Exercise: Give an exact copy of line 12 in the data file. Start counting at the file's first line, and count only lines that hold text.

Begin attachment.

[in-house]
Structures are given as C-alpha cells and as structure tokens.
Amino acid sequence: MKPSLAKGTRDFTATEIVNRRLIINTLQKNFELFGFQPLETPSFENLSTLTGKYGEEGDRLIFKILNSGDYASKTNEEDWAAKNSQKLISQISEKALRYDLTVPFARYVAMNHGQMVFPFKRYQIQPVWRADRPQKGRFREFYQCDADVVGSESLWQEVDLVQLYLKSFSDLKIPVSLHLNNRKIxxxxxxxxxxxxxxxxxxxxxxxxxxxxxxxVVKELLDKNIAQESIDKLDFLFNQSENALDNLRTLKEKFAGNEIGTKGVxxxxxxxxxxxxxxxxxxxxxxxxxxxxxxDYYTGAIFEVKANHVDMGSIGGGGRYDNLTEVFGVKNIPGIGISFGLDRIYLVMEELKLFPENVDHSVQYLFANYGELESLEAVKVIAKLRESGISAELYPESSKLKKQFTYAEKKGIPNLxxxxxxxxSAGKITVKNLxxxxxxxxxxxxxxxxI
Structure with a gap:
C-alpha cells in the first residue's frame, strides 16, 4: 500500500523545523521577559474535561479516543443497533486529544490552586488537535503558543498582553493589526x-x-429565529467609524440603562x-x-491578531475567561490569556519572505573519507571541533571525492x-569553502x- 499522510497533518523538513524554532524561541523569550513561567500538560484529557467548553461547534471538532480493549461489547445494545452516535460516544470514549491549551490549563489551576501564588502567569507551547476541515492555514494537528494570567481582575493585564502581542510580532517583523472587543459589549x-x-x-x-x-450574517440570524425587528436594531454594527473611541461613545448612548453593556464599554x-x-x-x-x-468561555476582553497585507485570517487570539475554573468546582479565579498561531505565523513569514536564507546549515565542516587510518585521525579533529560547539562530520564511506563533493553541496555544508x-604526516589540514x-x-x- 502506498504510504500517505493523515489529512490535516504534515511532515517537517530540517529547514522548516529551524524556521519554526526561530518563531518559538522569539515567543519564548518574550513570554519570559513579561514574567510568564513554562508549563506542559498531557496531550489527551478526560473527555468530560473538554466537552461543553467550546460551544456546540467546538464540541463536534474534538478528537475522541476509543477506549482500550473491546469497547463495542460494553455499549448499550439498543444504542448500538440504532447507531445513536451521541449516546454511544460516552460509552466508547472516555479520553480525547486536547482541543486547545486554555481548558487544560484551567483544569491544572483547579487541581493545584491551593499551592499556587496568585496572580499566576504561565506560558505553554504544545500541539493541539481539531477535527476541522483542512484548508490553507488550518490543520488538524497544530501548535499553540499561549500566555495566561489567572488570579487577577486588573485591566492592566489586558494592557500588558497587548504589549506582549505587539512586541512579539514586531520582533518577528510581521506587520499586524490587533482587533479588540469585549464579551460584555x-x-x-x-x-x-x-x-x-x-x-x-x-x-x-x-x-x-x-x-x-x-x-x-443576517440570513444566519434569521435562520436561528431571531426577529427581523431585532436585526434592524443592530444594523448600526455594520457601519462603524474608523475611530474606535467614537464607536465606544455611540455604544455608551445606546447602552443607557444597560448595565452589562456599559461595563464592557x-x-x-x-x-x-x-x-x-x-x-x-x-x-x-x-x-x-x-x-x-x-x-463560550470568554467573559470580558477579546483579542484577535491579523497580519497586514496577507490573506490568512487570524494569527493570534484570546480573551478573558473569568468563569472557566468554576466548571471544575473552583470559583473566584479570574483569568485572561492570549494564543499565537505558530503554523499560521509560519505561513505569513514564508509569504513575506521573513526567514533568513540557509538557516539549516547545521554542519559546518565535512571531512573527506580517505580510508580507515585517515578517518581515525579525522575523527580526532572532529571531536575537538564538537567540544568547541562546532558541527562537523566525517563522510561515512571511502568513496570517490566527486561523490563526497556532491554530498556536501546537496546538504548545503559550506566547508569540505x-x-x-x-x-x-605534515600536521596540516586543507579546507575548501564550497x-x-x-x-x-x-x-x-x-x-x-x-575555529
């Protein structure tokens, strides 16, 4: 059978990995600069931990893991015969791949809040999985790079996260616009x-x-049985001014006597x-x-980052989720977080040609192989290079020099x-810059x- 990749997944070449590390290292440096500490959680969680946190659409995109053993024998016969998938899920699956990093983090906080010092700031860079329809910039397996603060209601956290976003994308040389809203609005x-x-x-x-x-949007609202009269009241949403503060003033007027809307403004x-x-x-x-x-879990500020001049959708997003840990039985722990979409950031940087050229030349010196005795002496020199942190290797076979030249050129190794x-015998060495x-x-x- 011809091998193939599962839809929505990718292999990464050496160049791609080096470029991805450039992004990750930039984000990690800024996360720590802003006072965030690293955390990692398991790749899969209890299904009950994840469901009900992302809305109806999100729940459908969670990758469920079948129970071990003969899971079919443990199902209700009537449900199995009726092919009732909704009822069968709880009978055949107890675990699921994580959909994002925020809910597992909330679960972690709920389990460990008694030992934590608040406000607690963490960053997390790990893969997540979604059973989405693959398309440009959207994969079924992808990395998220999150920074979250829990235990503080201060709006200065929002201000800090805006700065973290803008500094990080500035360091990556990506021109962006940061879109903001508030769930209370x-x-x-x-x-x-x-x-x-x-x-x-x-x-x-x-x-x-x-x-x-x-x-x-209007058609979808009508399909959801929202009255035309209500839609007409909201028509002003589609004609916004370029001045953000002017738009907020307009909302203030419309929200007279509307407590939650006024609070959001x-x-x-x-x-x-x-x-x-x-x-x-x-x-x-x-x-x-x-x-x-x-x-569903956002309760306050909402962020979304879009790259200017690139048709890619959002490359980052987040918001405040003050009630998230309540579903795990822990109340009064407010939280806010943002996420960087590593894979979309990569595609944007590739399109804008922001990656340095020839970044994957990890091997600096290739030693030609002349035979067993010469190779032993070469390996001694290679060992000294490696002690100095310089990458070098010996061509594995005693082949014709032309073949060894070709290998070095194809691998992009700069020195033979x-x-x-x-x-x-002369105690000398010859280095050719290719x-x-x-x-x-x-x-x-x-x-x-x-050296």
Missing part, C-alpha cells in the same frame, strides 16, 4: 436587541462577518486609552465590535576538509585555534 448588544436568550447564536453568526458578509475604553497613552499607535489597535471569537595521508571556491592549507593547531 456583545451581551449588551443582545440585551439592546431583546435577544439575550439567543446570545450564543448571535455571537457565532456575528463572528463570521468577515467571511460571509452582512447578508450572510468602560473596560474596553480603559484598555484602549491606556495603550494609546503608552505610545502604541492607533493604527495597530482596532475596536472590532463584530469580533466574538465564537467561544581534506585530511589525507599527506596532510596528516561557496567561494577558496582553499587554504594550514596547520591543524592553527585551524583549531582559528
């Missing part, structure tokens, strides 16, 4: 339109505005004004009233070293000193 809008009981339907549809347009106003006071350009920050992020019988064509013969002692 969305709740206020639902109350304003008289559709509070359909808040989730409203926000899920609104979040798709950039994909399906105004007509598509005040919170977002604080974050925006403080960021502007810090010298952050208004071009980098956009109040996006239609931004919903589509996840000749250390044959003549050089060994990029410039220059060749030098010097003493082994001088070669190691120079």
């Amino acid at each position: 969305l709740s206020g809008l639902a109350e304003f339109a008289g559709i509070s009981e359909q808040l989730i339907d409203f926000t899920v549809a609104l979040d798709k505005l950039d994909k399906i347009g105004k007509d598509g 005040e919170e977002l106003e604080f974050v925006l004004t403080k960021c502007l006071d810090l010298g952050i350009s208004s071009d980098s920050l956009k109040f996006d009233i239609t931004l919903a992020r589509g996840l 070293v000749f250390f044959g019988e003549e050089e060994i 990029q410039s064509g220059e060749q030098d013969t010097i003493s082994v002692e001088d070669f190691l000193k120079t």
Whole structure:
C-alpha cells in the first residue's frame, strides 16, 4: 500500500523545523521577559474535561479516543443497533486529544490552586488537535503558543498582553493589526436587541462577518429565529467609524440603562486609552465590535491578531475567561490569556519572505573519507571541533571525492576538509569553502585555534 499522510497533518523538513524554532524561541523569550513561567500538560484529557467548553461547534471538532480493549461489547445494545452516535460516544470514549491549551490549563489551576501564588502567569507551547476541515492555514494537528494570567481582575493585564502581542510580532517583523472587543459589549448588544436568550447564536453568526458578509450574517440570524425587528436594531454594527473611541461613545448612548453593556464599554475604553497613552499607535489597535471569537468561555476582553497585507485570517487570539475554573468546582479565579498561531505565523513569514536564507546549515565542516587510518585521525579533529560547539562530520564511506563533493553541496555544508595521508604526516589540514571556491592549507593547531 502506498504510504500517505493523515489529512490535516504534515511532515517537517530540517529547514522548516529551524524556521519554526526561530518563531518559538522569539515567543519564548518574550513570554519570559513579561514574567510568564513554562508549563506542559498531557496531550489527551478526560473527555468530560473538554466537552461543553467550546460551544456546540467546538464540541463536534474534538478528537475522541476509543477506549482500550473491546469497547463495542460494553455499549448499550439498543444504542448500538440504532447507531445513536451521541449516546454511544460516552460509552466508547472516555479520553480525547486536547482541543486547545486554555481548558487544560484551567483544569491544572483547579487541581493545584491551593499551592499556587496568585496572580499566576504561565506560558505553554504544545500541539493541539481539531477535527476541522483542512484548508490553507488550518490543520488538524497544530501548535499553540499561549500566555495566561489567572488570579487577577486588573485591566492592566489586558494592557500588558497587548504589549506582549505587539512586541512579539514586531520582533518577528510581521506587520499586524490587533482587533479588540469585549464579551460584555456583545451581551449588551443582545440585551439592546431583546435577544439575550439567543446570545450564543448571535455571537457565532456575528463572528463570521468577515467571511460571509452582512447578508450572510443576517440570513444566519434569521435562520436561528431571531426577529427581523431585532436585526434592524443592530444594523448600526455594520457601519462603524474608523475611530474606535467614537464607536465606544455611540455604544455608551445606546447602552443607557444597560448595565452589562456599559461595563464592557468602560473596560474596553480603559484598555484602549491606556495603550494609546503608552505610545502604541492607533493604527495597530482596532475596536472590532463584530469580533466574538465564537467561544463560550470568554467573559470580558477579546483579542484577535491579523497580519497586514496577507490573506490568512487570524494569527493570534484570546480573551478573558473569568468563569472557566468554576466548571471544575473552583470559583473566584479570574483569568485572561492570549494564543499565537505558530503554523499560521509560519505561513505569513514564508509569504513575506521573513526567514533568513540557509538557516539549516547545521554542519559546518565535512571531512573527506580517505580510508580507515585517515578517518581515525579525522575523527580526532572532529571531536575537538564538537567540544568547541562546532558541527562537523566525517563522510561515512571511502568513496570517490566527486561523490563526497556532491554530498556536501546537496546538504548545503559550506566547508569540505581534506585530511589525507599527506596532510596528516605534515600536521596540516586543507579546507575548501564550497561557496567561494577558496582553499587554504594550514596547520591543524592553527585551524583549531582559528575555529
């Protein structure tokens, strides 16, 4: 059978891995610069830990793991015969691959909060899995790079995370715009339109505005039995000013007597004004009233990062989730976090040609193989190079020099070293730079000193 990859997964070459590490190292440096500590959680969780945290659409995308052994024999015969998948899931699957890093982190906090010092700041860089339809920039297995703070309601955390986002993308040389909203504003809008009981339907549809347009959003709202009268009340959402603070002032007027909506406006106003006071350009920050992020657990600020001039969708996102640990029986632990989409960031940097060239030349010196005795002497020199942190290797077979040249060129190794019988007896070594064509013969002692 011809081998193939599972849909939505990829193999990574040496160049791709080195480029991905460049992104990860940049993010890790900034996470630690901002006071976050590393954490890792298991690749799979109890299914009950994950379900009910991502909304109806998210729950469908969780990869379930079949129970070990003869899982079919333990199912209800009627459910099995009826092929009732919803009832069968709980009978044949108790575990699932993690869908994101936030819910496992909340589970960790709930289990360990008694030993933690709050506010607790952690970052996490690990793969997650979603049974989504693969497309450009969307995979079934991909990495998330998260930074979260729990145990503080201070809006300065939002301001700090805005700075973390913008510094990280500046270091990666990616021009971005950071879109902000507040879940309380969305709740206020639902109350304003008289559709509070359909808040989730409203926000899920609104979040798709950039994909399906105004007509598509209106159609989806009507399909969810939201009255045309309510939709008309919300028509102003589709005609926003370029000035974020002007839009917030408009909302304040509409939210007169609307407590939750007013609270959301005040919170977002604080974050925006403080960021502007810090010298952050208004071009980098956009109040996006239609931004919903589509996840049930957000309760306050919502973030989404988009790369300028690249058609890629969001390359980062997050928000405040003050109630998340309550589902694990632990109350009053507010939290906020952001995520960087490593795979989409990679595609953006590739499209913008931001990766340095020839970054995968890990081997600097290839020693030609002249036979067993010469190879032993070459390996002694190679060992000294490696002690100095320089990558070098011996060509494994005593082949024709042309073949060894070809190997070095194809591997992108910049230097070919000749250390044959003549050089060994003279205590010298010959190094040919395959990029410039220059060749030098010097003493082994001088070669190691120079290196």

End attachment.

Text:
């Protein structure tokens, strides 16, 4: 059978891995610069830990793991015969691959909060899995790079995370715009339109505005039995000013007597004004009233990062989730976090040609193989190079020099070293730079000193 990859997964070459590490190292440096500590959680969780945290659409995308052994024999015969998948899931699957890093982190906090010092700041860089339809920039297995703070309601955390986002993308040389909203504003809008009981339907549809347009959003709202009268009340959402603070002032007027909506406006106003006071350009920050992020657990600020001039969708996102640990029986632990989409960031940097060239030349010196005795002497020199942190290797077979040249060129190794019988007896070594064509013969002692 011809081998193939599972849909939505990829193999990574040496160049791709080195480029991905460049992104990860940049993010890790900034996470630690901002006071976050590393954490890792298991690749799979109890299914009950994950379900009910991502909304109806998210729950469908969780990869379930079949129970070990003869899982079919333990199912209800009627459910099995009826092929009732919803009832069968709980009978044949108790575990699932993690869908994101936030819910496992909340589970960790709930289990360990008694030993933690709050506010607790952690970052996490690990793969997650979603049974989504693969497309450009969307995979079934991909990495998330998260930074979260729990145990503080201070809006300065939002301001700090805005700075973390913008510094990280500046270091990666990616021009971005950071879109902000507040879940309380969305709740206020639902109350304003008289559709509070359909808040989730409203926000899920609104979040798709950039994909399906105004007509598509209106159609989806009507399909969810939201009255045309309510939709008309919300028509102003589709005609926003370029000035974020002007839009917030408009909302304040509409939210007169609307407590939750007013609270959301005040919170977002604080974050925006403080960021502007810090010298952050208004071009980098956009109040996006239609931004919903589509996840049930957000309760306050919502973030989404988009790369300028690249058609890629969001390359980062997050928000405040003050109630998340309550589902694990632990109350009053507010939290906020952001995520960087490593795979989409990679595609953006590739499209913008931001990766340095020839970054995968890990081997600097290839020693030609002249036979067993010469190879032993070459390996002694190679060992000294490696002690100095320089990558070098011996060509494994005593082949024709042309073949060894070809190997070095194809591997992108910049230097070919000749250390044959003549050089060994003279205590010298010959190094040919395959990029410039220059060749030098010097003493082994001088070669190691120079290196």